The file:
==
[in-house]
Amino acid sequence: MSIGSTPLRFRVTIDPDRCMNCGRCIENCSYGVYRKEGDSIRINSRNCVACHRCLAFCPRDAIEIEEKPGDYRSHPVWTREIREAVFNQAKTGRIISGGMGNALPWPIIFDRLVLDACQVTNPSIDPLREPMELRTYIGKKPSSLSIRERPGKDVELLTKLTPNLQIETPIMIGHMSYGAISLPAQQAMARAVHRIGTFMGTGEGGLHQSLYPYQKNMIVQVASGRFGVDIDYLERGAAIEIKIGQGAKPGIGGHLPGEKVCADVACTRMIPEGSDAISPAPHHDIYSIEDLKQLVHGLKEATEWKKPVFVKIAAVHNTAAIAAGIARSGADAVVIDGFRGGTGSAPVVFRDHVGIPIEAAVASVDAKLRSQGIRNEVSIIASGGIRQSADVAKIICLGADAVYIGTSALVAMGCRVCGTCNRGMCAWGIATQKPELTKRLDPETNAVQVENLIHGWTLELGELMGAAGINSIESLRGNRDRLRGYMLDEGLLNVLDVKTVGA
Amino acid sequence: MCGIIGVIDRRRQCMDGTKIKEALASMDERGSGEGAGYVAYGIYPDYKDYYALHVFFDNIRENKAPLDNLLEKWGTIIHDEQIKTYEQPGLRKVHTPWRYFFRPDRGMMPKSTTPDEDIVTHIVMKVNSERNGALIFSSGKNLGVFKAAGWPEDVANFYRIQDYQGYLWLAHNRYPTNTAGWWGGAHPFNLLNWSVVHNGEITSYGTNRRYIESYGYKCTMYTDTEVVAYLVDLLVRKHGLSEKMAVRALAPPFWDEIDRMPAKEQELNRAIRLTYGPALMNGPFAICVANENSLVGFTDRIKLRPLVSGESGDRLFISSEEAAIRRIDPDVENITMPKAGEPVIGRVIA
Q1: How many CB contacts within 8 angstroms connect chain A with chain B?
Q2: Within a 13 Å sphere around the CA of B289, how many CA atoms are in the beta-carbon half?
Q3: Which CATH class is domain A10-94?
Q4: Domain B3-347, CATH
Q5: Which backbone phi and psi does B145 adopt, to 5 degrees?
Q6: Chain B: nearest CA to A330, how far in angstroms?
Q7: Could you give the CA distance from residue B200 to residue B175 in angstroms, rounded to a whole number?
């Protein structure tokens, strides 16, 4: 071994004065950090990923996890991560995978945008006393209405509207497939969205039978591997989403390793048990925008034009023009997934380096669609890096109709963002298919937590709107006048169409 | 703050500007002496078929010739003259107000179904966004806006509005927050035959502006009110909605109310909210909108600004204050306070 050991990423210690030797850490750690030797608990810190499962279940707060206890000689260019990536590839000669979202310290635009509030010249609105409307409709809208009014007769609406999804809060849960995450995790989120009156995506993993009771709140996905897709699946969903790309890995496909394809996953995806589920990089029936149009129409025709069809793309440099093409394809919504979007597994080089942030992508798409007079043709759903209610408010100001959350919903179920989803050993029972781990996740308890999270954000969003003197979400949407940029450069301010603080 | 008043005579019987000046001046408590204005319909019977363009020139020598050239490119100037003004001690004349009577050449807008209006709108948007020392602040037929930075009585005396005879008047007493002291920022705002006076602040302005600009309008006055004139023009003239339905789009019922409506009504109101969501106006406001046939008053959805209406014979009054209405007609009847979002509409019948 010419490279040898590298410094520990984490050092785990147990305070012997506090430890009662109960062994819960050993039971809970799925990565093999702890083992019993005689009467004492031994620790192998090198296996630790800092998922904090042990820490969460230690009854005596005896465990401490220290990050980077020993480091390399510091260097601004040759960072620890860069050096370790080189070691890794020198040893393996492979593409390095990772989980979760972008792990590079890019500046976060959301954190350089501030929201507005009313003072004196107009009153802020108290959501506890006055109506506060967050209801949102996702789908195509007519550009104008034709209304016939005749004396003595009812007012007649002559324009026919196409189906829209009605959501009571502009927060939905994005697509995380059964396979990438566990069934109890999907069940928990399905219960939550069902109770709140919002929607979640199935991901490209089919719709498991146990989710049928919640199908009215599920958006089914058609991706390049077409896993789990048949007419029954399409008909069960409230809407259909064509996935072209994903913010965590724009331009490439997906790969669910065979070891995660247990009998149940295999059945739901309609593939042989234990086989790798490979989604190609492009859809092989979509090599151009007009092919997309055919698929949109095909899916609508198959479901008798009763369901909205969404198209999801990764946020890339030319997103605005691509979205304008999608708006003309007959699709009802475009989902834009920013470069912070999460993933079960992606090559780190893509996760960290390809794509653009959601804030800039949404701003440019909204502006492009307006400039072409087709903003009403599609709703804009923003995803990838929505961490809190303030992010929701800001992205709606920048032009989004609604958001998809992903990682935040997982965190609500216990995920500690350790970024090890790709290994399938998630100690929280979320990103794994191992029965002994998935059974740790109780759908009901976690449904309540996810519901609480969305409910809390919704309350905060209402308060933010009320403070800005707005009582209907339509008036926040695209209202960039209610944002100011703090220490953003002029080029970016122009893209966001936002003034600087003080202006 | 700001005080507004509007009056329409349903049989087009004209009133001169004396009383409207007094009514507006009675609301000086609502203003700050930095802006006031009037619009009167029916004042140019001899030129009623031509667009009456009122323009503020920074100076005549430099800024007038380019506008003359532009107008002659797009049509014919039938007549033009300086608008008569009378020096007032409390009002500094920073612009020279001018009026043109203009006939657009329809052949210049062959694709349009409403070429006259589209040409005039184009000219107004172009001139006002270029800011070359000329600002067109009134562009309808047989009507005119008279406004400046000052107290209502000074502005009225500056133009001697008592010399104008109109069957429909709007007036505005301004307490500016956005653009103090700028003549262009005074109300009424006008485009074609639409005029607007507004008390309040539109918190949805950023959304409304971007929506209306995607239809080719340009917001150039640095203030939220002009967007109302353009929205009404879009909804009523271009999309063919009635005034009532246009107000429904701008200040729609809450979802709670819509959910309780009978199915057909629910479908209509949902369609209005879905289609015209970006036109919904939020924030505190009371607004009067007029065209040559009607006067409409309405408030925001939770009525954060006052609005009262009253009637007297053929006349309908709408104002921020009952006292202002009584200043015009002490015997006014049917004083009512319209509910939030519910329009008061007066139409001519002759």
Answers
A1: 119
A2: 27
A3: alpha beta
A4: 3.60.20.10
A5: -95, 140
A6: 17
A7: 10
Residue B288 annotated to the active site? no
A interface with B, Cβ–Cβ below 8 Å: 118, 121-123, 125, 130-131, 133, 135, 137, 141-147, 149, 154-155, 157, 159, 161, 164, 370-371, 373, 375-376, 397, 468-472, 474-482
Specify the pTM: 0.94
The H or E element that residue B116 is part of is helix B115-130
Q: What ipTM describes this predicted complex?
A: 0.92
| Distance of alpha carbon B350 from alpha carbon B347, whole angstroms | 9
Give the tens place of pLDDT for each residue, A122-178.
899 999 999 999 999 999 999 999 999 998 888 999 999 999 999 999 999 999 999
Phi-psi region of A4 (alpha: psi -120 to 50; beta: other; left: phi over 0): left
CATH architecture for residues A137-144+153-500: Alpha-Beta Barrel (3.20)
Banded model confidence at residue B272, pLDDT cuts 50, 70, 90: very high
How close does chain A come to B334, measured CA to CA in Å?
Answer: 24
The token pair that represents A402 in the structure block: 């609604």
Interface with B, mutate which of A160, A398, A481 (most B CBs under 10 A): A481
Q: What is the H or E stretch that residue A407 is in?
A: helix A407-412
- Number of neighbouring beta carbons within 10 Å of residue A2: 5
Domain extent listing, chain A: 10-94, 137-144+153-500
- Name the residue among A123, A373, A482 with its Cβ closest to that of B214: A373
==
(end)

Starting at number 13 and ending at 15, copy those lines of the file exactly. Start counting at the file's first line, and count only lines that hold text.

A1: 119
A2: 27
A3: alpha beta